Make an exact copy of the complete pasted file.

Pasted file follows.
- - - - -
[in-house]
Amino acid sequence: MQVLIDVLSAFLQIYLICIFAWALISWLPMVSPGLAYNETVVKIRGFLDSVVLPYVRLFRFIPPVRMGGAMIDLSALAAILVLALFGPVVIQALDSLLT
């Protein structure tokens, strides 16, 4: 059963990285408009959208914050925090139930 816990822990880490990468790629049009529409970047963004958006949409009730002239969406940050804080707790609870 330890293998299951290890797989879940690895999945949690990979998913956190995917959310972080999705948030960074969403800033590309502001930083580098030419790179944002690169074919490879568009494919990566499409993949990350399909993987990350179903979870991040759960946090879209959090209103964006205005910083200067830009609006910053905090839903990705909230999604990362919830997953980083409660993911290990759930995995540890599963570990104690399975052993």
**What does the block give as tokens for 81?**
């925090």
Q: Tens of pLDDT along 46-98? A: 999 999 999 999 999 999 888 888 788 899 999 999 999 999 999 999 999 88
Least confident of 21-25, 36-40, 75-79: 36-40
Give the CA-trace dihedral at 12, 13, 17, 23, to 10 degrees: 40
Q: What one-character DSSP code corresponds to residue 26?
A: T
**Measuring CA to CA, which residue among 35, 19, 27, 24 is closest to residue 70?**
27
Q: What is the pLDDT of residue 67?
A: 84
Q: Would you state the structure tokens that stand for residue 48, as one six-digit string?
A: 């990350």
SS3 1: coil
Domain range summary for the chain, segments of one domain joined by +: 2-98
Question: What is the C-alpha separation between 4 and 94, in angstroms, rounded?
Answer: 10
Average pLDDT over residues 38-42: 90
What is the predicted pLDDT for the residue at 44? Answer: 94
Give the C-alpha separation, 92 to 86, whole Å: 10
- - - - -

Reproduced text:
[in-house]
Amino acid sequence: MQVLIDVLSAFLQIYLICIFAWALISWLPMVSPGLAYNETVVKIRGFLDSVVLPYVRLFRFIPPVRMGGAMIDLSALAAILVLALFGPVVIQALDSLLT
């Protein structure tokens, strides 16, 4: 059963990285408009959208914050925090139930 816990822990880490990468790629049009529409970047963004958006949409009730002239969406940050804080707790609870 330890293998299951290890797989879940690895999945949690990979998913956190995917959310972080999705948030960074969403800033590309502001930083580098030419790179944002690169074919490879568009494919990566499409993949990350399909993987990350179903979870991040759960946090879209959090209103964006205005910083200067830009609006910053905090839903990705909230999604990362919830997953980083409660993911290990759930995995540890599963570990104690399975052993």
**What does the block give as tokens for 81?**
């925090």
Q: Tens of pLDDT along 46-98? A: 999 999 999 999 999 999 888 888 788 899 999 999 999 999 999 999 999 88
Least confident of 21-25, 36-40, 75-79: 36-40
Give the CA-trace dihedral at 12, 13, 17, 23, to 10 degrees: 40
Q: What one-character DSSP code corresponds to residue 26?
A: T
**Measuring CA to CA, which residue among 35, 19, 27, 24 is closest to residue 70?**
27
Q: What is the pLDDT of residue 67?
A: 84
Q: Would you state the structure tokens that stand for residue 48, as one six-digit string?
A: 């990350």
SS3 1: coil
Domain range summary for the chain, segments of one domain joined by +: 2-98
Question: What is the C-alpha separation between 4 and 94, in angstroms, rounded?
Answer: 10
Average pLDDT over residues 38-42: 90
What is the predicted pLDDT for the residue at 44? Answer: 94
Give the C-alpha separation, 92 to 86, whole Å: 10